As a financial advisor, your reputation matters. You want to make sure that your track record remains as sterling as possible. Unfortunately, customers can lodge complaints against you—even ones that are exaggerated, baseless, or downright false. These complaints become part of the Central Registration Depository (CRD) system and BrokerCheck, which the public can search and find information about your employment history, licensing information, and customer complaints. So, what can you do if a customer has lodged a complaint against you? The Financial Industry Regulatory Authority (FINRA) allows brokers to seek an expungement of customer dispute information, but the process can be lengthy and stressful. It’s a good idea to enlist the support of a trusted securities law attorney to help you navigate the expungement process. Below is a brief overview of FINRA’s expungement process and the steps you can take to initiate this process.
How Customer Dispute Information is Reported
FINRA’s aim is to protect the public from brokers with a history of misconduct or other unfair practices. As such, they allow broker-customer disputes to appear in the CRD system, even if the information is irrelevant or false. Customers do not need to provide proof to support their complaints, making brokers vulnerable to publicly available inaccurate information through the CRD and BrokerCheck. It can be alarming to learn that a customer has lodged a complaint with the CRD, especially if it is false, misleading, or even malicious. If this happens, you can initiate an expungement request with FINRA to have this information removed from your record.
What the FINRA Expungement Process Entails
As soon as you learn that customer dispute information has been entered into the CRD and BrokerCheck, you can initiate an expungement request through FINRA’s arbitration forum. You will appear before a panel of independent arbitrators who will determine whether to recommend expungement. If the panel makes this recommendation, you need to obtain an order from a court of competent jurisdiction confirming this arbitration award and then present this order to FINRA. Alternatively, you can bypass the FINRA arbitration process and pursue an expungement request directly from a county of competent jurisdiction. Once FINRA receives the court order, FINRA must comply with the expungement recommendation. Historically, FINRA granted expungement requests with regularity, but recent proposals to amend current rules may make the expungement process more cumbersome for those pursuing such requests.
Potential Changes to FINRA’s Expungement Request Rules
Recently, FINRA recommended that a separate and specialized roster of specially-trained arbitrators be created to oversee proceedings in which brokers wish to expunge customer dispute information. This panel of arbitrators would be different from the panel overseeing the arbitration of the underlying dispute. FINRA believes that this shift would provide arbitrators with a clearer picture of the situation, as customers would be more likely to participate in the process. Unfortunately for financial advisors, this proposed rule change would impose strict time limits within which they may request expungement and potentially make it more challenging to obtain an expungement.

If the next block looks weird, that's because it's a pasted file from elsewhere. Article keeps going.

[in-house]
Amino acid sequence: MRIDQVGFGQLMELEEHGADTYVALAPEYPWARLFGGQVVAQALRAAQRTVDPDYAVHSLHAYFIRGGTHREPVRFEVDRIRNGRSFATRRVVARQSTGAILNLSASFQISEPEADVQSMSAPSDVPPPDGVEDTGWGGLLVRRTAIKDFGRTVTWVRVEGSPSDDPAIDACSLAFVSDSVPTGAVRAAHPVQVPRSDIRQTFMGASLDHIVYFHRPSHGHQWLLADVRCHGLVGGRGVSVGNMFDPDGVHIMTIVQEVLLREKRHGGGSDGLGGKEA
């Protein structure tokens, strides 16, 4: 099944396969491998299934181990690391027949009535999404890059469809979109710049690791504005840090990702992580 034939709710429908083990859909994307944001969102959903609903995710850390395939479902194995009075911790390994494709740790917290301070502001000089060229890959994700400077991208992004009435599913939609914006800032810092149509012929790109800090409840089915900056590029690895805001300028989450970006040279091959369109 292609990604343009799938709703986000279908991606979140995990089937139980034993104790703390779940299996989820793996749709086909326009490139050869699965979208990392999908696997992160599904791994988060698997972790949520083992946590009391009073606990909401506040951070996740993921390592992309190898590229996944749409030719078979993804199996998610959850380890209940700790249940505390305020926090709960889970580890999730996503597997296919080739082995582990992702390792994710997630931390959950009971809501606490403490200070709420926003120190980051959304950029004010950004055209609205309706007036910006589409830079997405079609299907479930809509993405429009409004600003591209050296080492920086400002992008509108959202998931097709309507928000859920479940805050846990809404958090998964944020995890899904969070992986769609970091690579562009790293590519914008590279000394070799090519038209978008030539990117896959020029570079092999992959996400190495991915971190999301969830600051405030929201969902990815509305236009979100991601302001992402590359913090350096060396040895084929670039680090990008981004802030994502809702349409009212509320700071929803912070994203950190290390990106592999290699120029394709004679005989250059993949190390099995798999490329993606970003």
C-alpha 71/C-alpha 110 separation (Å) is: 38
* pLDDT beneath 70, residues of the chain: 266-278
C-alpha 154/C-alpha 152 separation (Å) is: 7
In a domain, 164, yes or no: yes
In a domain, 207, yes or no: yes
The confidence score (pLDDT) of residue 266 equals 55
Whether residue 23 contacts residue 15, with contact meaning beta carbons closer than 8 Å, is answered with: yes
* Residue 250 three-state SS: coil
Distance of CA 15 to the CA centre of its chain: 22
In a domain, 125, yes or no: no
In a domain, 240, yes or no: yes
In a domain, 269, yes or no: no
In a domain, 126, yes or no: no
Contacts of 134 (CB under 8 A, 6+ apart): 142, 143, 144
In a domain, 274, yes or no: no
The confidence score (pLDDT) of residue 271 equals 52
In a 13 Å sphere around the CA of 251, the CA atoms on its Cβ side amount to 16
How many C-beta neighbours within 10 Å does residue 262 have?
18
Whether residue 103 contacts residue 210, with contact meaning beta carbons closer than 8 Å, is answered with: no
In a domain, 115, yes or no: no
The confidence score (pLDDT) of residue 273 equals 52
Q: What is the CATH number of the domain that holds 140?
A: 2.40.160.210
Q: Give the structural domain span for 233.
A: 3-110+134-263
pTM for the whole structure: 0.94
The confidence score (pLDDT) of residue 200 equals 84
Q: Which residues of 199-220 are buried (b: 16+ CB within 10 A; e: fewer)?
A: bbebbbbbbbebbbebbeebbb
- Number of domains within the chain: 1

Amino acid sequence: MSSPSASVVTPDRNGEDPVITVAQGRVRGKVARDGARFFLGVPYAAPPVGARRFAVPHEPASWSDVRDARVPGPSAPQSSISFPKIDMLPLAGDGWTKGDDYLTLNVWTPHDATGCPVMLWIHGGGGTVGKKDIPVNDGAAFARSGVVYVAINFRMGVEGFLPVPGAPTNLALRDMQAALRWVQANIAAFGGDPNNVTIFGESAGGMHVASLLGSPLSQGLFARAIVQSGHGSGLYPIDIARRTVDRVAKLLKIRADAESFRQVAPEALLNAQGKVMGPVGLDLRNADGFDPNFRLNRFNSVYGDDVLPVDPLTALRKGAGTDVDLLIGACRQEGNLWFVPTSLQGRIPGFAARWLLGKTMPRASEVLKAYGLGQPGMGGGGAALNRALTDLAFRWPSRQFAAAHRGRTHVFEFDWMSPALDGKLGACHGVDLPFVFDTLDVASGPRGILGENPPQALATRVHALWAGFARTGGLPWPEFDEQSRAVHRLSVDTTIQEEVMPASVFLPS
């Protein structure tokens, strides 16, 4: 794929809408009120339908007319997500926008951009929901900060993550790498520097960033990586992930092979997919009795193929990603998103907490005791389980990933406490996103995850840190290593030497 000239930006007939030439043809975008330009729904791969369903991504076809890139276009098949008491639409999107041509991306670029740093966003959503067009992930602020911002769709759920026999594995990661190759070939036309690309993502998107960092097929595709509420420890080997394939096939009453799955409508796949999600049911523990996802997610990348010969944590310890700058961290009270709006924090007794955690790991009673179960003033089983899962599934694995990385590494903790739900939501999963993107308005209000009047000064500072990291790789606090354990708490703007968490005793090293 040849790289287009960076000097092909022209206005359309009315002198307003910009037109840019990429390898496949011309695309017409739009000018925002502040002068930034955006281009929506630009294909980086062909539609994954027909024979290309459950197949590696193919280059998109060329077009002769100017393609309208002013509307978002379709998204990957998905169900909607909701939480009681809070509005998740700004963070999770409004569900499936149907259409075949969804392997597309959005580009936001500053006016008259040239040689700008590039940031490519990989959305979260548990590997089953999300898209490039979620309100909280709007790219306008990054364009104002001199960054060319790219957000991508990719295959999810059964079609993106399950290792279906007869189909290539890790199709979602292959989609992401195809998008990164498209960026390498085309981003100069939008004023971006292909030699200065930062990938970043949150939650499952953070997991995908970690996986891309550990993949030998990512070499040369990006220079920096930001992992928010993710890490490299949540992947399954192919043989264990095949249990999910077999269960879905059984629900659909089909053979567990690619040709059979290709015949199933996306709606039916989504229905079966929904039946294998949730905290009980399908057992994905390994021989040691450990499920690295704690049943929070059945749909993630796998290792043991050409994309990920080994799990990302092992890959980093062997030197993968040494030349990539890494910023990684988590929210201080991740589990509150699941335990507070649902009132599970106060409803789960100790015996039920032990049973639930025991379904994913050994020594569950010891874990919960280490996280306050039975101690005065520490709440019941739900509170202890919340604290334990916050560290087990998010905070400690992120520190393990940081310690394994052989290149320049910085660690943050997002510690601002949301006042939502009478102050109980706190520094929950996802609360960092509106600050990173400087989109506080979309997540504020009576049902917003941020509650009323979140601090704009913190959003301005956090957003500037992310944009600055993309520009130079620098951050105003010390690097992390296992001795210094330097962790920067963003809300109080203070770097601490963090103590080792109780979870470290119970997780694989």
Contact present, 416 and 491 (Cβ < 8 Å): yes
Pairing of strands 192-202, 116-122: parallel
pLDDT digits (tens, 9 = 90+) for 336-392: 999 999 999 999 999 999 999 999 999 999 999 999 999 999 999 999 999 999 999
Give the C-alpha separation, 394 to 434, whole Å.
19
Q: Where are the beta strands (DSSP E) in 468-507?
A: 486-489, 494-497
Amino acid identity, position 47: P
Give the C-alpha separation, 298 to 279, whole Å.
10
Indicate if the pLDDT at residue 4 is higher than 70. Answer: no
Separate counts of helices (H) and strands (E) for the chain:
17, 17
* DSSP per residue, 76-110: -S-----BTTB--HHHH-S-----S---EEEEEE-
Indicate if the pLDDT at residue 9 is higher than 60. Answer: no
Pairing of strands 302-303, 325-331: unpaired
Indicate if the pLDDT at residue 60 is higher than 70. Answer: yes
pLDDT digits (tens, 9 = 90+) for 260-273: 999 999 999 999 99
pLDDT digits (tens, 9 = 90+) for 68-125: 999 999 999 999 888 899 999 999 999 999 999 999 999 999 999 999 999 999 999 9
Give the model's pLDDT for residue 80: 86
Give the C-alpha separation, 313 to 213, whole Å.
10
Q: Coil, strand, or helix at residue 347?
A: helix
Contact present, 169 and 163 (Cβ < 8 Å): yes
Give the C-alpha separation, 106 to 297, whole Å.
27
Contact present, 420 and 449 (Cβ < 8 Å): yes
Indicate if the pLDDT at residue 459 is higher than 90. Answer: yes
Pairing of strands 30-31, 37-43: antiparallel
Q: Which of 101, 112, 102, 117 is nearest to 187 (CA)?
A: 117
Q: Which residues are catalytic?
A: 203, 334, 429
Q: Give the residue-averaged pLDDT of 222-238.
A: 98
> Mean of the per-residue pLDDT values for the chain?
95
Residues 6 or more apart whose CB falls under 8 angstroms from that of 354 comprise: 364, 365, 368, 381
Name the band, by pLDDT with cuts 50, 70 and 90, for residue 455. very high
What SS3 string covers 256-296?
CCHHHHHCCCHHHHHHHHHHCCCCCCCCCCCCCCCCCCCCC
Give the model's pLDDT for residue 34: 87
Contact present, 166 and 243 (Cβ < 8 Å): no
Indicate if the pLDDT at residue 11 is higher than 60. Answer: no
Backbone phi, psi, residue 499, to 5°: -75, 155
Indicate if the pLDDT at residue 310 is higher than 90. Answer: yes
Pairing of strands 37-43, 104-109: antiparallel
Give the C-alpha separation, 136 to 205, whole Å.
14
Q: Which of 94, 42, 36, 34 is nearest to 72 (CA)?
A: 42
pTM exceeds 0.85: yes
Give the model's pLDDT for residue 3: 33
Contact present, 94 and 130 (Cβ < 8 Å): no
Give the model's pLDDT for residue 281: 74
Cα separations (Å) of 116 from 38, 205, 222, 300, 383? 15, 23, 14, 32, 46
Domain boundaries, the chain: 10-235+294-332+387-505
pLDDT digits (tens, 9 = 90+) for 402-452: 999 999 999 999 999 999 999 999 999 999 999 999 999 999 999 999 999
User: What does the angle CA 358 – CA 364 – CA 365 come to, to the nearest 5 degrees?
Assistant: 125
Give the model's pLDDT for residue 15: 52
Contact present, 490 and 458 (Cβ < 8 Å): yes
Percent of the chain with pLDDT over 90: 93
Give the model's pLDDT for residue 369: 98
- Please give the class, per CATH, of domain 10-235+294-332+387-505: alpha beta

Other Limitations to the FINRA Expungement Process
In recent months, FINRA has filed additional proposed rule changes with the Securities and Exchange Commission (SEC) that could reshape the expungement request process. For instance, FINRA proposed a rule preventing a broker who withdraws an expungement request to re-file the same request at a later date and requiring that the broker pursuing expungement appear personally at the expungement hearing. Additionally, these rule changes seek to broaden the scope of any documentary, testimonial, or other evidence that member firms and brokers must provide to the arbitrators. As FINRA moves forward with these proposed changes, it’s essential that brokers and financial advisors keep a close eye on how these rules could impact their reputation and professional future.
Steps to Take to Initiate a FINRA Expungement Request
If customer dispute information has appeared on your BrokerCheck profile, you should contact an experienced securities law attorney right away to discuss your options. It’s natural to feel overwhelmed and even intimidated by the FINRA expungement request process, especially if this is your first experience moving through it. While you can complete the expungement request process without outside counsel, working with a legal professional who understands the ins and outs of the process is highly recommended. Your attorney can answer your questions, address your concerns, and give you the clarity and confidence you need to move forward. Additionally, your lawyer can keep you informed of any new modifications to FINRA rules, ensuring that your expungement request proceeds as smoothly and successfully as possible.
If you want to learn more about how to pursue a FINRA expungement request, call Judex Law, LLC, today at (303) 523-4022 to speak with a trusted and friendly securities law attorney.